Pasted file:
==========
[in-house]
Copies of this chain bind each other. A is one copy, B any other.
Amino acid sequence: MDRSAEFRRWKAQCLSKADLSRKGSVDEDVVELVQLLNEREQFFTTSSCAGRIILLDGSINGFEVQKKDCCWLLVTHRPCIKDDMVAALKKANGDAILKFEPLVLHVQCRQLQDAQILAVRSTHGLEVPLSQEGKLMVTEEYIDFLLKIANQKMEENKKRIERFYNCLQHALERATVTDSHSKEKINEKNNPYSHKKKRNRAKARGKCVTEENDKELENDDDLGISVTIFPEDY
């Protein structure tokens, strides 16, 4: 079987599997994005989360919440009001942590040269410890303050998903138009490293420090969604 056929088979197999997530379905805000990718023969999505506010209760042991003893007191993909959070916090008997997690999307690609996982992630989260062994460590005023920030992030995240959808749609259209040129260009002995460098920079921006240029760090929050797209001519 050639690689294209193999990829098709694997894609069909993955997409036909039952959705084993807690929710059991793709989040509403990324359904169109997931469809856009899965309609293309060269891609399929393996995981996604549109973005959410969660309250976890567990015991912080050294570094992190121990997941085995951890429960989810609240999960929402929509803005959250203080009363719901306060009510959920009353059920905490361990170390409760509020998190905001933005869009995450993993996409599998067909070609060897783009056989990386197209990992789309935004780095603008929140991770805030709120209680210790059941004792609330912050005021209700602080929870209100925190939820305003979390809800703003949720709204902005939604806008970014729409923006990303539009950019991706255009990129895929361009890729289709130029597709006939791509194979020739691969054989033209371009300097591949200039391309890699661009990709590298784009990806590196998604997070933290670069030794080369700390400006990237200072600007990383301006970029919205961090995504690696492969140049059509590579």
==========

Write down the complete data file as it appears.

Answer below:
[in-house]
Copies of this chain bind each other. A is one copy, B any other.
Amino acid sequence: MDRSAEFRRWKAQCLSKADLSRKGSVDEDVVELVQLLNEREQFFTTSSCAGRIILLDGSINGFEVQKKDCCWLLVTHRPCIKDDMVAALKKANGDAILKFEPLVLHVQCRQLQDAQILAVRSTHGLEVPLSQEGKLMVTEEYIDFLLKIANQKMEENKKRIERFYNCLQHALERATVTDSHSKEKINEKNNPYSHKKKRNRAKARGKCVTEENDKELENDDDLGISVTIFPEDY
């Protein structure tokens, strides 16, 4: 079987599997994005989360919440009001942590040269410890303050998903138009490293420090969604 056929088979197999997530379905805000990718023969999505506010209760042991003893007191993909959070916090008997997690999307690609996982992630989260062994460590005023920030992030995240959808749609259209040129260009002995460098920079921006240029760090929050797209001519 050639690689294209193999990829098709694997894609069909993955997409036909039952959705084993807690929710059991793709989040509403990324359904169109997931469809856009899965309609293309060269891609399929393996995981996604549109973005959410969660309250976890567990015991912080050294570094992190121990997941085995951890429960989810609240999960929402929509803005959250203080009363719901306060009510959920009353059920905490361990170390409760509020998190905001933005869009995450993993996409599998067909070609060897783009056989990386197209990992789309935004780095603008929140991770805030709120209680210790059941004792609330912050005021209700602080929870209100925190939820305003979390809800703003949720709204902005939604806008970014729409923006990303539009950019991706255009990129895929361009890729289709130029597709006939791509194979020739691969054989033209371009300097591949200039391309890699661009990709590298784009990806590196998604997070933290670069030794080369700390400006990237200072600007990383301006970029919205961090995504690696492969140049059509590579």